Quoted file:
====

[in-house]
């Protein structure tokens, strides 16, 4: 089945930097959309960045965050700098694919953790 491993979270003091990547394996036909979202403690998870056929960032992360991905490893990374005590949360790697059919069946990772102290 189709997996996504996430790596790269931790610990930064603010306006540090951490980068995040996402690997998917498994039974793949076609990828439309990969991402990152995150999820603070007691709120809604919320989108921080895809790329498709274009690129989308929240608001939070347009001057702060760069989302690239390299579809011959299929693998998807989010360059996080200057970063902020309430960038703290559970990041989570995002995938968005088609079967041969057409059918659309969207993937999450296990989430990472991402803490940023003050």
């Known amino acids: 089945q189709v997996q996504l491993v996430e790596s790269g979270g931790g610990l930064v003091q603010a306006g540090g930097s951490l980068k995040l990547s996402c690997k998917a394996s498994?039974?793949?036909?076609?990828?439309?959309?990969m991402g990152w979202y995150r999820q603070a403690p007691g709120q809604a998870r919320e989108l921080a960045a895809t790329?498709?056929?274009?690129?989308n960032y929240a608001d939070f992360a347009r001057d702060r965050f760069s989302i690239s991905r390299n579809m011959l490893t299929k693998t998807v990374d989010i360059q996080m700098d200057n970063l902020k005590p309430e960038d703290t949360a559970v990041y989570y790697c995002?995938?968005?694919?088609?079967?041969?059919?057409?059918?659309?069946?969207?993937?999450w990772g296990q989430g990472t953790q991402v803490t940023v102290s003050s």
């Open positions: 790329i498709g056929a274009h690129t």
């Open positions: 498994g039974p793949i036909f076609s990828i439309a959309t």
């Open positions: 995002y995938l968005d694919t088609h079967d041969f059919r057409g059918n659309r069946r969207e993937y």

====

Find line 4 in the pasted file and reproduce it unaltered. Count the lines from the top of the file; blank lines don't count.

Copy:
């Open positions: 790329i498709g056929a274009h690129t």